This week was not unlike many others. I had multiple conversations with colleagues about the amount of work expected of them. Common phrases include:
“We don’t have enough resources.”
“We are working hard, but are we working smart?”
“Are we working on the right things?”
“I plan my day with important activities, but then urgent activities take my time.”
Thoughtful answers to this classic dilemma usually involve some form of level loading to try to even-out and prioritize the work expected from employees. Last year I wrote about one technique my group uses to try to control the volume of input on our development team leads. One the biggest challenges in controlling work inputs is a concept I call organizational entropy. I define organizational entropy as a measure of disorder or randomness by which work is created within a company. This ultimately causes workers to be out of alignment. The misalignment isn’t necessarily with organizational goals; rather it’s more so a timing alignment with other workers and expected delivery dates for projects.
It’s chaotic in the middle of it all.
A common scenario helps add color to my thought. Jane is a manager of a team that provides customer service functions. Jane is asked by HR to complete a new required training by a specific date. Jane is asked by a process improvement analyst to participate and own tasks in a customer service improvement project. Jane is asked by a Sales manager to participate in a project to onboard a new customer. Jane is asked by a compliance analyst to update a process because new compliance regulations require it. Jane is also asked by her manager to complete managerial and process tasks related to her day-to-day operational jobs. The chaos ensues when the due dates conflict with each other.
Unfortunately, situations like this are not uncommon. All the colleagues that asked Jane to complete work by a certain deadline do not know if their due dates overlap or cause conflict with Jane’s schedule (and truth be told, they usually only care about their project deadlines). So it’s very easy for Jane to quickly become over-tasked. If Jane is late on a task, then the project leader may escalate to management. Escalation does have a purpose, but it also can easily promote more organizational entropy.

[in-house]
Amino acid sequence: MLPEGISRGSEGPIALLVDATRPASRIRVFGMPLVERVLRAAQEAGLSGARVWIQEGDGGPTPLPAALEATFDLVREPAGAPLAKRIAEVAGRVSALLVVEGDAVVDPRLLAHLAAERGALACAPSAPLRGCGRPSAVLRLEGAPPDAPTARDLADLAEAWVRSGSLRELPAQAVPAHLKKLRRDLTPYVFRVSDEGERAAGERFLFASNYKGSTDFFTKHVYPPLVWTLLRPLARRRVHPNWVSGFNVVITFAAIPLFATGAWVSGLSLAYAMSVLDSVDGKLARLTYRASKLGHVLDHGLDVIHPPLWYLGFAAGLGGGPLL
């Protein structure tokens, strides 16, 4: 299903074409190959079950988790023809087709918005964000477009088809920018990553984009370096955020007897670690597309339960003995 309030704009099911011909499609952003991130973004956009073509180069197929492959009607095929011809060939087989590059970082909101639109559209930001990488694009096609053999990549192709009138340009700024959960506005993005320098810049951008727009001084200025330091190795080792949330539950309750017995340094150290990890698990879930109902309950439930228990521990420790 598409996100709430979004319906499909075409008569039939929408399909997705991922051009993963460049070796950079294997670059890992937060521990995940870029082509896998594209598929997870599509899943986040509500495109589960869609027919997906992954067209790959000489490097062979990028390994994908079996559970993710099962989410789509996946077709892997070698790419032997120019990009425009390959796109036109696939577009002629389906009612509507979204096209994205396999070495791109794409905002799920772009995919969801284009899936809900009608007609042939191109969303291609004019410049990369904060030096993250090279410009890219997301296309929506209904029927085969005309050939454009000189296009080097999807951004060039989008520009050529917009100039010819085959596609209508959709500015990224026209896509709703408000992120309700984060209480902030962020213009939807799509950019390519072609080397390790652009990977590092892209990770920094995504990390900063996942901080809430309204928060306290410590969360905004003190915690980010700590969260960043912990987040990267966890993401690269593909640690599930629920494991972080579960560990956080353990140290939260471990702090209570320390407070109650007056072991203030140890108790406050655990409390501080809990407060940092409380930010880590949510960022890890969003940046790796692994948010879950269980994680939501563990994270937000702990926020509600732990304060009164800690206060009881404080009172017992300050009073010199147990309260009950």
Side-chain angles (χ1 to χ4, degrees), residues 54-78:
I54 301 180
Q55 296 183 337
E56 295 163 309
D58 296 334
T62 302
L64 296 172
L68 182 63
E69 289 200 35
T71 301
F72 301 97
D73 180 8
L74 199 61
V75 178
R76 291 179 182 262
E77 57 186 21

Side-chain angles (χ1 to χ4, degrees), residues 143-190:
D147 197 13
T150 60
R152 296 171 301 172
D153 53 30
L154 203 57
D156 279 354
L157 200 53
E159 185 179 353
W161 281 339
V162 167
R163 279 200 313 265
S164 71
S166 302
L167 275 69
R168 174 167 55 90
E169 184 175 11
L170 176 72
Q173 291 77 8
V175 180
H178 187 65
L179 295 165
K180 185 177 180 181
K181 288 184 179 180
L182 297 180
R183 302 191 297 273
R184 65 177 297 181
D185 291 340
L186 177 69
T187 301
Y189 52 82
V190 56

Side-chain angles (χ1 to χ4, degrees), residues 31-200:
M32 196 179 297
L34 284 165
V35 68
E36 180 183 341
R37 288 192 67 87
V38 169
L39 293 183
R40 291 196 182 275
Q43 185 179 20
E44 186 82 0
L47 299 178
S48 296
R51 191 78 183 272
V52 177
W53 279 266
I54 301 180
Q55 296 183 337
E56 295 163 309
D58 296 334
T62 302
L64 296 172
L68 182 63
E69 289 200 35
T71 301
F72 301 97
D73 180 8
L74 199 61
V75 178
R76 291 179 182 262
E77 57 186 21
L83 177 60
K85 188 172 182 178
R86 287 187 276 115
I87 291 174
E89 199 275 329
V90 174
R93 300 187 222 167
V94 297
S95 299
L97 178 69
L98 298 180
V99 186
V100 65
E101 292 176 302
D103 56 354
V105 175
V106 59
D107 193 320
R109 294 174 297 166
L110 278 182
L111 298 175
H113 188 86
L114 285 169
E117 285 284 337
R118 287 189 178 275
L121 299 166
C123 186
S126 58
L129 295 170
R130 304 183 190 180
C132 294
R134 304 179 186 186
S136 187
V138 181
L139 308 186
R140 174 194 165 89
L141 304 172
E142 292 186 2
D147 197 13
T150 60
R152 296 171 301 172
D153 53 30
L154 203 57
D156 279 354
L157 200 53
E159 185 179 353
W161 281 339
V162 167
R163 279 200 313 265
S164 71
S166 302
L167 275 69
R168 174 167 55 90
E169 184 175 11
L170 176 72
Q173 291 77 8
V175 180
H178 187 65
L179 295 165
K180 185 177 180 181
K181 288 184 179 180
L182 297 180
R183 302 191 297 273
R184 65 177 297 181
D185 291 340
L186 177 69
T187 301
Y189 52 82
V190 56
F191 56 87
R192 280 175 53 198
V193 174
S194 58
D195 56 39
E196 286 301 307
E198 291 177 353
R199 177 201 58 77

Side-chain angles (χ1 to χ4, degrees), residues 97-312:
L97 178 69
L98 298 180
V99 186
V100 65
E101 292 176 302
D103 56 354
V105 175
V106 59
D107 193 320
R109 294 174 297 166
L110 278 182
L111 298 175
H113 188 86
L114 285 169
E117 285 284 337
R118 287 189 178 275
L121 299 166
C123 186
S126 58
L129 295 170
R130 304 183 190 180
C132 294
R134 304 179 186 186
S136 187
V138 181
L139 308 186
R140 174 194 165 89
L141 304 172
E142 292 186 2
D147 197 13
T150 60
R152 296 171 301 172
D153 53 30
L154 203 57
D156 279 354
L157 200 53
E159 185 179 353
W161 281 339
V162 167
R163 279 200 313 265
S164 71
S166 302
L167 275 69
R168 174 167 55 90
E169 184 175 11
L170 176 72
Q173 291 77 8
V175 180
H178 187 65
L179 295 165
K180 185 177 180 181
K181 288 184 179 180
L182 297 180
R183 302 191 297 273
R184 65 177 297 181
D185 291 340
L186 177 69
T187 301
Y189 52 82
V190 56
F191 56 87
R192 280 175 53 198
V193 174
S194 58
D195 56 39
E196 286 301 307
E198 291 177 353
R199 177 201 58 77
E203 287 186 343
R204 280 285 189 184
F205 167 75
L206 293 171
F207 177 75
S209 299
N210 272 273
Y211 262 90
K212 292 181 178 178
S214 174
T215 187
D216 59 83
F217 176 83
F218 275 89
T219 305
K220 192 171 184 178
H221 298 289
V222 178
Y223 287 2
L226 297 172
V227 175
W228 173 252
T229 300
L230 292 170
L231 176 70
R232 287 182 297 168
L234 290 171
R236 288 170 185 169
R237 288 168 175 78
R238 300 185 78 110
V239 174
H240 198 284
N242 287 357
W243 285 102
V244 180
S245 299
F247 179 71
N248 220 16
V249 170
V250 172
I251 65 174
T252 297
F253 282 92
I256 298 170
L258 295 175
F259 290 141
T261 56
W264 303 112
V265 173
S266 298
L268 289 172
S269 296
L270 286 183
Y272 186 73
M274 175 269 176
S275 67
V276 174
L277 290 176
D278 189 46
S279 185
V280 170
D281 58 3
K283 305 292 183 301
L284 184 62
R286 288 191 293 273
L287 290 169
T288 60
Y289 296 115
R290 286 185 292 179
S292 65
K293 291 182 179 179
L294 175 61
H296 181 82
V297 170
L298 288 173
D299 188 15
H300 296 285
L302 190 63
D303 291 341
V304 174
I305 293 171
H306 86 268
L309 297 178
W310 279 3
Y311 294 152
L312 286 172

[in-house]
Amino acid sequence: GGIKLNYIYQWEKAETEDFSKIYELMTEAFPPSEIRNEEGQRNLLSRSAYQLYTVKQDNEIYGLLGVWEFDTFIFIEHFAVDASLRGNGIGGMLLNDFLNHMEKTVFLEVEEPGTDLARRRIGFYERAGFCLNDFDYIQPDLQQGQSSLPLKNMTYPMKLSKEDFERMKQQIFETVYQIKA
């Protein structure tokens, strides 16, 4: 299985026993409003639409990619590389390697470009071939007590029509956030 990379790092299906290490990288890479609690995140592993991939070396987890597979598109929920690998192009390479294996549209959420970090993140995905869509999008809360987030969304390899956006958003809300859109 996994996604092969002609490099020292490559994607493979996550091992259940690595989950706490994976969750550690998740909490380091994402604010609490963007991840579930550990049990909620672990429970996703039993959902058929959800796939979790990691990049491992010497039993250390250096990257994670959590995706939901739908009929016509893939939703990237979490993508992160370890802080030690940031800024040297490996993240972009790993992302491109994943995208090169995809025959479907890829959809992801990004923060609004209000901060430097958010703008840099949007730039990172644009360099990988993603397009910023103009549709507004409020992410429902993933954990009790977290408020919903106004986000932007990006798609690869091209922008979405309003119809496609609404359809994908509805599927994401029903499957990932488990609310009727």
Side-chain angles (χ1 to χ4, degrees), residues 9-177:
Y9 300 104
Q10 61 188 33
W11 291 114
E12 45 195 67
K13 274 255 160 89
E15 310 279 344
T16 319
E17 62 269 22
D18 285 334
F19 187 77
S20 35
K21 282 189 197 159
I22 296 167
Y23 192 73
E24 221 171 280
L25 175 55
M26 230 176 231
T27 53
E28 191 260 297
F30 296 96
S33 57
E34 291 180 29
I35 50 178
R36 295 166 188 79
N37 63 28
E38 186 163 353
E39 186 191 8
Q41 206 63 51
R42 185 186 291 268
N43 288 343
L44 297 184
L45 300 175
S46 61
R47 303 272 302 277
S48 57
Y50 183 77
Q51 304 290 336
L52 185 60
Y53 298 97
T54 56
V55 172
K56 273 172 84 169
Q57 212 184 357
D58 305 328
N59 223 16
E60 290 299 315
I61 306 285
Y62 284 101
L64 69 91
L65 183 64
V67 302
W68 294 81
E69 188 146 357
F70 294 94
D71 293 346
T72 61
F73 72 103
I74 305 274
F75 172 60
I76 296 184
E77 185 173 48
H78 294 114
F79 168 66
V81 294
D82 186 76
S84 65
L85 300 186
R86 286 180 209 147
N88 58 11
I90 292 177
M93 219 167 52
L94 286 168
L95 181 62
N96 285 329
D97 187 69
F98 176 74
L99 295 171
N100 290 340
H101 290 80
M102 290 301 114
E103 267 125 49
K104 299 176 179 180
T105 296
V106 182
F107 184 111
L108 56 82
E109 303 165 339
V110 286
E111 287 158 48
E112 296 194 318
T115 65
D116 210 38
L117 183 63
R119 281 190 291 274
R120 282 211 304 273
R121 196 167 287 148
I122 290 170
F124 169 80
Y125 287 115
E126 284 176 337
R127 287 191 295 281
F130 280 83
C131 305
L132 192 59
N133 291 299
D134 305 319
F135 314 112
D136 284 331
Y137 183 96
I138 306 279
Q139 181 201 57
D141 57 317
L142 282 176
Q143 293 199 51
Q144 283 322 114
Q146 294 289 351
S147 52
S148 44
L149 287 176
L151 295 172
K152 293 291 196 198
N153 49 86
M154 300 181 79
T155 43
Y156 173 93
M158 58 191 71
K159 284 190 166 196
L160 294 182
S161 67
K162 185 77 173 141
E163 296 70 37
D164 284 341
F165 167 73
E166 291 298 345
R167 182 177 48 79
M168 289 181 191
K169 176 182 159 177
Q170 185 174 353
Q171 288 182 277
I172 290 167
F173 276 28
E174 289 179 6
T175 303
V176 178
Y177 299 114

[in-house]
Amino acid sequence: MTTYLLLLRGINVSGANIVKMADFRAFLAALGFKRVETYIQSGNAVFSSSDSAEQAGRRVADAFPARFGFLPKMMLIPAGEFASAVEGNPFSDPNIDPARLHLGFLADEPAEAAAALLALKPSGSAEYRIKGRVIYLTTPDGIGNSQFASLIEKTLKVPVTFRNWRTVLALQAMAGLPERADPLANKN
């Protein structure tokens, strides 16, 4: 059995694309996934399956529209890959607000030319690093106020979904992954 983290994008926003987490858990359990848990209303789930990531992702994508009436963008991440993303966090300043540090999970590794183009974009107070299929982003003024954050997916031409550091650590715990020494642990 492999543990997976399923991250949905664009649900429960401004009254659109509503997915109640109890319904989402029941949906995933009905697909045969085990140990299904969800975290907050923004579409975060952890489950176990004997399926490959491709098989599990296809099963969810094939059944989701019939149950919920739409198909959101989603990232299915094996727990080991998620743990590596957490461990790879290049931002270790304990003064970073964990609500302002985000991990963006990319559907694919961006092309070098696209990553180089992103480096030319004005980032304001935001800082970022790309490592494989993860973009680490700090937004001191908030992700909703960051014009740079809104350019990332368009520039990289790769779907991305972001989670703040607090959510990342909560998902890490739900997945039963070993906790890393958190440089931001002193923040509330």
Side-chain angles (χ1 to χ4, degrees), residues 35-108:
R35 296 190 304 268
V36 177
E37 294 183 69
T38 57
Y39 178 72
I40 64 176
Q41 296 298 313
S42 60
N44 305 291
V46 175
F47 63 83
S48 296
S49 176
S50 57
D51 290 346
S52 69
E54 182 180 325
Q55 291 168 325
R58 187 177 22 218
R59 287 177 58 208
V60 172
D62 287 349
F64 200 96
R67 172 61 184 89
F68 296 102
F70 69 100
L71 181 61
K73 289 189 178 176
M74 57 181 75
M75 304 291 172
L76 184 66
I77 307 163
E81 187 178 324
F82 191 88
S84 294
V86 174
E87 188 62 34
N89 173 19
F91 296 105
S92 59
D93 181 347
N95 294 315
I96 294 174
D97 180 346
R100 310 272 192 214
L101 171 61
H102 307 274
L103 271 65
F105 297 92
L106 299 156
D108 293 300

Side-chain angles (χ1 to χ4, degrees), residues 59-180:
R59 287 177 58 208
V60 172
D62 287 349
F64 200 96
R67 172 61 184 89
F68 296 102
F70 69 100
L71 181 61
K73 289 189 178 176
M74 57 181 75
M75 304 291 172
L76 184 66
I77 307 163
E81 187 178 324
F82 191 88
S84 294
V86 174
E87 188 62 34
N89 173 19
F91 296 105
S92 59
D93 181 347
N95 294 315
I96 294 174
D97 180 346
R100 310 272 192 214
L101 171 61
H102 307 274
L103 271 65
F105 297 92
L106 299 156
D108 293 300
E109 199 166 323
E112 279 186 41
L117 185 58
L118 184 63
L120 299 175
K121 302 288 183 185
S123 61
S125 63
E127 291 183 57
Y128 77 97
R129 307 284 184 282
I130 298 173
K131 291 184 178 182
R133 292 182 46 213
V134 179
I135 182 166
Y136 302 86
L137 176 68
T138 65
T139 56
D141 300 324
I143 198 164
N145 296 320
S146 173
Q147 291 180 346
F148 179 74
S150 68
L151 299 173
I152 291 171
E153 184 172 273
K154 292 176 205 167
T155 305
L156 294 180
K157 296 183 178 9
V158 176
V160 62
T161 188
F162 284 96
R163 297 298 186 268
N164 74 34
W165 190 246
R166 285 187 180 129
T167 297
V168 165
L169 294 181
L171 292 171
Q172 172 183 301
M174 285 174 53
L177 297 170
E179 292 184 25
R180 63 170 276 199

How do we find relief?
There are no easy answers to this dilemma, but I have a few thoughts that may drive conversation between employees and managers to reach a better understanding of what is happening and to better load level expected work:
- Managers need to acknowledge the employee may have been asked to do more than is possible in a standard week. Seek more input from the employee, examine their workload. Ask for visibility to the situation in a tangible format. You can’t help level load and employee’s work for what you don’t see or acknowledge. This is the best way to help lead your employee and position them for success.
- The employee should provide visible proof of the situation and not just say “I’m overworked”. This means listing tasks, requested due dates, and effort required to complete them. You can’t expect a manager to help level load your work unless you give them specific and actionable evidence. This isn’t a call to make excuses or place blame. It’s a call for an honest assessment of your situation and to make it visible.
- Time management techniques like the Eisenhower Method provide good tactical methods for organizing multiple tasks.
- As much as possible try to perform level loading before committing to new work. Over extending commitments creates more unmet deadlines, causes irritation with requestors and customers, and creates more process waste. But remember to use the tangible evidence when making your case.
Maybe this topic is proverbial elephant in the room for you and others. I don’t proclaim to have all the answers. But I’m wrestling with the concept and looking for ways to improve.
Onward and Upward!
Photo Credit: Graeme Newcomb via creative commons